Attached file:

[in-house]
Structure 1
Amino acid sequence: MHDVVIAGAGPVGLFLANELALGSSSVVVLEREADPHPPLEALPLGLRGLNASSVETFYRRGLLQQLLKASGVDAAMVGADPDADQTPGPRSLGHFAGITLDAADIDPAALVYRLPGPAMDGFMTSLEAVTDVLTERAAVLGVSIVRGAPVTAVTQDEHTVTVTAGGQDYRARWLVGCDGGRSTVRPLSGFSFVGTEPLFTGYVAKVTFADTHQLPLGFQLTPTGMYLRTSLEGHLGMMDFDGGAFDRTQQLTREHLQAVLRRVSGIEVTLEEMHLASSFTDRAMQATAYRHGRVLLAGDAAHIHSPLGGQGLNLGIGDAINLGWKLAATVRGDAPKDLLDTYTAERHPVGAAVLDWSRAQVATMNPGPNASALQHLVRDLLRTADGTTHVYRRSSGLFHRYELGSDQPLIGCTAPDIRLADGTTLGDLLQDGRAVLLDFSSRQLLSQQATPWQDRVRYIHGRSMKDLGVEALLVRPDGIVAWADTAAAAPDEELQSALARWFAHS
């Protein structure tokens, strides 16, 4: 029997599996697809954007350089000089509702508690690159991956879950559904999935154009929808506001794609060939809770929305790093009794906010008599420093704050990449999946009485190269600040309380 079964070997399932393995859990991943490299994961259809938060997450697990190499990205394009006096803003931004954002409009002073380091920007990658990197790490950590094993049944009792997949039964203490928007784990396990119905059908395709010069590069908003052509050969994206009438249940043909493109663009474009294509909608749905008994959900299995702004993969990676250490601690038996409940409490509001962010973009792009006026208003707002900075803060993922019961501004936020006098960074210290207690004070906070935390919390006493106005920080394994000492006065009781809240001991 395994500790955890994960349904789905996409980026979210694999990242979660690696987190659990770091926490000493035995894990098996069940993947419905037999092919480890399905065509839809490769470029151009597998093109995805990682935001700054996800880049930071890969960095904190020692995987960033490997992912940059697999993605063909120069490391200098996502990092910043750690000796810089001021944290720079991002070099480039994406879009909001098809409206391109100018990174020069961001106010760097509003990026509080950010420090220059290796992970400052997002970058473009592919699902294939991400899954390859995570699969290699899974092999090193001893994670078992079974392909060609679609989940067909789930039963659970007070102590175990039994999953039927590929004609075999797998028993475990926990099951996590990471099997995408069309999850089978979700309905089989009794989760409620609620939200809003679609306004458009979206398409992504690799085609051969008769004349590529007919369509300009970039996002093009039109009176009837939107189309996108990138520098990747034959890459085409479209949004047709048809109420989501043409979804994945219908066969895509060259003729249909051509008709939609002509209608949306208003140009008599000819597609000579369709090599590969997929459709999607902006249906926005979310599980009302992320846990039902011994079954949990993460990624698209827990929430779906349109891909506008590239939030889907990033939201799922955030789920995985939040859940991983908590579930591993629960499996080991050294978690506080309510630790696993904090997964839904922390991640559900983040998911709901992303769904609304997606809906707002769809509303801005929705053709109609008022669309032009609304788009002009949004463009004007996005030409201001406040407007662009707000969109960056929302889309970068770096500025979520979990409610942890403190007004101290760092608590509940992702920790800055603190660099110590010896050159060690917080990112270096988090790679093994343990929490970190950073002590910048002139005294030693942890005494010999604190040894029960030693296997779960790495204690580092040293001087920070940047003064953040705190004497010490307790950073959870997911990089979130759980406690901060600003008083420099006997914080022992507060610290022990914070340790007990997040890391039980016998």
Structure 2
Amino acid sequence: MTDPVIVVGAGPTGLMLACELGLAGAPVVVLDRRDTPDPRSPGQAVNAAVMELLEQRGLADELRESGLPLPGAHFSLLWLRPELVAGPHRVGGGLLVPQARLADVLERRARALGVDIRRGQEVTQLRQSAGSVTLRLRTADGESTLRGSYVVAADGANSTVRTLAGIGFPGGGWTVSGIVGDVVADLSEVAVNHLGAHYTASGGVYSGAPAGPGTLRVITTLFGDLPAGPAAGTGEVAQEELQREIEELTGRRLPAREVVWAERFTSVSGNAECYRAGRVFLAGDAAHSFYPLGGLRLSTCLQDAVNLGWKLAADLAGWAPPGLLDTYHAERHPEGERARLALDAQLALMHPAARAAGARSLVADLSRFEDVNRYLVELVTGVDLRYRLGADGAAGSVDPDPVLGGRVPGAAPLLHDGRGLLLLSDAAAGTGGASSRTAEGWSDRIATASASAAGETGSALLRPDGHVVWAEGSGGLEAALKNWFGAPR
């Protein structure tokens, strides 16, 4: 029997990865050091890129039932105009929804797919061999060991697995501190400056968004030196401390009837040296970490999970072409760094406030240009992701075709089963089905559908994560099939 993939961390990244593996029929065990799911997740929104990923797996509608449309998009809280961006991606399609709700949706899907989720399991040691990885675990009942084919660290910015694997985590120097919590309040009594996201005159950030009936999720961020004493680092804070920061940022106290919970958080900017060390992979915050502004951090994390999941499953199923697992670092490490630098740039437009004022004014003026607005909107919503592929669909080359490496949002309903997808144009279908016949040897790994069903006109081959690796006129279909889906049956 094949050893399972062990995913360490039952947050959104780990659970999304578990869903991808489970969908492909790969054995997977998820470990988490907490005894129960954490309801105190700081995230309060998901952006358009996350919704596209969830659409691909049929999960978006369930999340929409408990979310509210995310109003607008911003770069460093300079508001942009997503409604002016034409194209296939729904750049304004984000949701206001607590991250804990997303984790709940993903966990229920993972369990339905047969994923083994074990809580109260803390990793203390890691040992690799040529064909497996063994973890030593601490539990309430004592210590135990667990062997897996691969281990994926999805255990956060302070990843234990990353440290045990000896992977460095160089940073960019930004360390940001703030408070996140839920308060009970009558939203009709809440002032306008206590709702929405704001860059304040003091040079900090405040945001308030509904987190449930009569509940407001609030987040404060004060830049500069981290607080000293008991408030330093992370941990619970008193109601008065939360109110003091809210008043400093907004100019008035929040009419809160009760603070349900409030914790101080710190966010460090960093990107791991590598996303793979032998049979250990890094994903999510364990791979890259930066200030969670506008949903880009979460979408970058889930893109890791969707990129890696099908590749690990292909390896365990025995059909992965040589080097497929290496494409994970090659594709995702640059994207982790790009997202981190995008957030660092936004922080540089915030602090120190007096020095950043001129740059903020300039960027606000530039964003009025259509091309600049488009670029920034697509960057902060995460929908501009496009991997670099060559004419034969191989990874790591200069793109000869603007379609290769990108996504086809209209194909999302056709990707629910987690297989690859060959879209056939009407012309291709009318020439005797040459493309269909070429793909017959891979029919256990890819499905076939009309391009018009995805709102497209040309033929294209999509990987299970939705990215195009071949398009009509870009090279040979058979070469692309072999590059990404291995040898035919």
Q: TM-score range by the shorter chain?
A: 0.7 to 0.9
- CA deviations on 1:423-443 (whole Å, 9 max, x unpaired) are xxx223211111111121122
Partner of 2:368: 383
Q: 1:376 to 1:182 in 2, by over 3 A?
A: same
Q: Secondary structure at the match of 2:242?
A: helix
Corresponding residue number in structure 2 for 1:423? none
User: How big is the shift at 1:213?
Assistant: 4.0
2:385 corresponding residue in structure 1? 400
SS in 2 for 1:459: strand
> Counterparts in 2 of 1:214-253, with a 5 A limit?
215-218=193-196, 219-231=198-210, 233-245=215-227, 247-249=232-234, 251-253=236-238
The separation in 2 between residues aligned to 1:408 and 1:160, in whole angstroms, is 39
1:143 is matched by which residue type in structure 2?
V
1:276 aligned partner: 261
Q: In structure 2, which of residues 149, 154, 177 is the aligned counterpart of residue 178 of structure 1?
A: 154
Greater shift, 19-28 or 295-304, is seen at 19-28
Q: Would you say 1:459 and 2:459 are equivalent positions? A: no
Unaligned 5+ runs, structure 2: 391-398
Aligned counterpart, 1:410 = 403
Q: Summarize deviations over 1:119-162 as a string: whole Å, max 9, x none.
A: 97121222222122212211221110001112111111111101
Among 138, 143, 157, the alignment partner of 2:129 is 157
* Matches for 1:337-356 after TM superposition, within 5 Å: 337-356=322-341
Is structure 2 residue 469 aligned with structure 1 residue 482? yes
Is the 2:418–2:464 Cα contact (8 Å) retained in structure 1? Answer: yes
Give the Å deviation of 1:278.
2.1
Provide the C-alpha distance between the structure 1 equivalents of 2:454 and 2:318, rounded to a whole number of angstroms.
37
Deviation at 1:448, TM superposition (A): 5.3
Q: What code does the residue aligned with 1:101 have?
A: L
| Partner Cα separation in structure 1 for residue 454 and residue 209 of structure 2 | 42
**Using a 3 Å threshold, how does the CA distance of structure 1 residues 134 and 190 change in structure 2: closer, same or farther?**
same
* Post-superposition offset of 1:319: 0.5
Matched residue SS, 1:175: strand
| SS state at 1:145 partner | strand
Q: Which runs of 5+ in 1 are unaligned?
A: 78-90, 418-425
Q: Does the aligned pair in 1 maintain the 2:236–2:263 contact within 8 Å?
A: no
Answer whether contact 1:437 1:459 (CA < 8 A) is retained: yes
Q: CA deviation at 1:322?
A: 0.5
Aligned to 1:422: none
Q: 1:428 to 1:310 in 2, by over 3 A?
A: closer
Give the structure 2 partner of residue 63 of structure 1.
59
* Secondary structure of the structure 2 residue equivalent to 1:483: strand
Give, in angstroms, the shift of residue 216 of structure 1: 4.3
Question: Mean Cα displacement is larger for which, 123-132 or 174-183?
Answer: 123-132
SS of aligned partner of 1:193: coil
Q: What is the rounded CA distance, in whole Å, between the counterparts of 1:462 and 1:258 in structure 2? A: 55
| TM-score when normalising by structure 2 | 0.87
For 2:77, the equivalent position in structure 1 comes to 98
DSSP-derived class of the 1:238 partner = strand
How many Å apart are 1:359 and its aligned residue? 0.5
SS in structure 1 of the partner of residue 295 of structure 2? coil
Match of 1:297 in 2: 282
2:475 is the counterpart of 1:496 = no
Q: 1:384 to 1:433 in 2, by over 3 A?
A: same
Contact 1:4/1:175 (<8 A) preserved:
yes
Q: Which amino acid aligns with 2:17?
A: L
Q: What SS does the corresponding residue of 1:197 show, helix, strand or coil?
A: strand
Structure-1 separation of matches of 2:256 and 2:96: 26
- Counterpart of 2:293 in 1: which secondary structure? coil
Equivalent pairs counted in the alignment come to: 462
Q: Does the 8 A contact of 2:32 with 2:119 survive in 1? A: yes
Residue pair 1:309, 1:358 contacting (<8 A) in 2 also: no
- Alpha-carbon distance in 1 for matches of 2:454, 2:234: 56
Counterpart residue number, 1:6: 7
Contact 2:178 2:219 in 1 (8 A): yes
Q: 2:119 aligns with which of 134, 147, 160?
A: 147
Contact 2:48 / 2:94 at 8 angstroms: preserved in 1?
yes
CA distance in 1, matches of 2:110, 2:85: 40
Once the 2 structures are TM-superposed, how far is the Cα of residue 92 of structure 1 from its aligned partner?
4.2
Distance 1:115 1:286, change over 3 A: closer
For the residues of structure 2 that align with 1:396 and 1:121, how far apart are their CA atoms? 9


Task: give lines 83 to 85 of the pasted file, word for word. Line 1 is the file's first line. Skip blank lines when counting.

Q: What SS does the corresponding residue of 1:197 show, helix, strand or coil?
A: strand
Structure-1 separation of matches of 2:256 and 2:96: 26